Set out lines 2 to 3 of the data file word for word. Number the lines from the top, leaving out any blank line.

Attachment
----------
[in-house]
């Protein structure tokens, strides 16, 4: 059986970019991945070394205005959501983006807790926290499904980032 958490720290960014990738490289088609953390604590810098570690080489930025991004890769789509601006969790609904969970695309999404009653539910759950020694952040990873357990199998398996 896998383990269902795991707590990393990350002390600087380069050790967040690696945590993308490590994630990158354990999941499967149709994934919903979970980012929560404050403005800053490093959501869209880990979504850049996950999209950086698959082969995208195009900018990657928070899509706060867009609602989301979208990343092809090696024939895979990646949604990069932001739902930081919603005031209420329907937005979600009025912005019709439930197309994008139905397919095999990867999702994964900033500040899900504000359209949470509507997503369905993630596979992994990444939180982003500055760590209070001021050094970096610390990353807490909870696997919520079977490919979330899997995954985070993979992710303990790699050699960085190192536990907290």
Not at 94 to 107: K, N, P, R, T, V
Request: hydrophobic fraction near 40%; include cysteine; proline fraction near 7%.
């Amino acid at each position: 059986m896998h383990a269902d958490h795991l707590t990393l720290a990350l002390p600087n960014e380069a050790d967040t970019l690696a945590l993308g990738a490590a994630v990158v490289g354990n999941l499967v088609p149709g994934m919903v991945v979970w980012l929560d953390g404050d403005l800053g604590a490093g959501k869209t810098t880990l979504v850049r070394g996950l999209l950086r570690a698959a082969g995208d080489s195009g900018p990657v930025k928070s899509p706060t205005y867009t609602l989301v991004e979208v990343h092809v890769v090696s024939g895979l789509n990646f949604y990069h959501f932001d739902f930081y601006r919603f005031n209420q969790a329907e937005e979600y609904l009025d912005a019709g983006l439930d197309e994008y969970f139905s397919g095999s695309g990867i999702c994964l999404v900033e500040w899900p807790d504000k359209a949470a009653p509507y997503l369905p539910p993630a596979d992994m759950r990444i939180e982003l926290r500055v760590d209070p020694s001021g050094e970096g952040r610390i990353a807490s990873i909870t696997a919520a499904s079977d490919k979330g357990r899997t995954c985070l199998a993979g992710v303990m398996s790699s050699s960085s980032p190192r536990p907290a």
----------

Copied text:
């Protein structure tokens, strides 16, 4: 059986970019991945070394205005959501983006807790926290499904980032 958490720290960014990738490289088609953390604590810098570690080489930025991004890769789509601006969790609904969970695309999404009653539910759950020694952040990873357990199998398996 896998383990269902795991707590990393990350002390600087380069050790967040690696945590993308490590994630990158354990999941499967149709994934919903979970980012929560404050403005800053490093959501869209880990979504850049996950999209950086698959082969995208195009900018990657928070899509706060867009609602989301979208990343092809090696024939895979990646949604990069932001739902930081919603005031209420329907937005979600009025912005019709439930197309994008139905397919095999990867999702994964900033500040899900504000359209949470509507997503369905993630596979992994990444939180982003500055760590209070001021050094970096610390990353807490909870696997919520079977490919979330899997995954985070993979992710303990790699050699960085190192536990907290």
Not at 94 to 107: K, N, P, R, T, V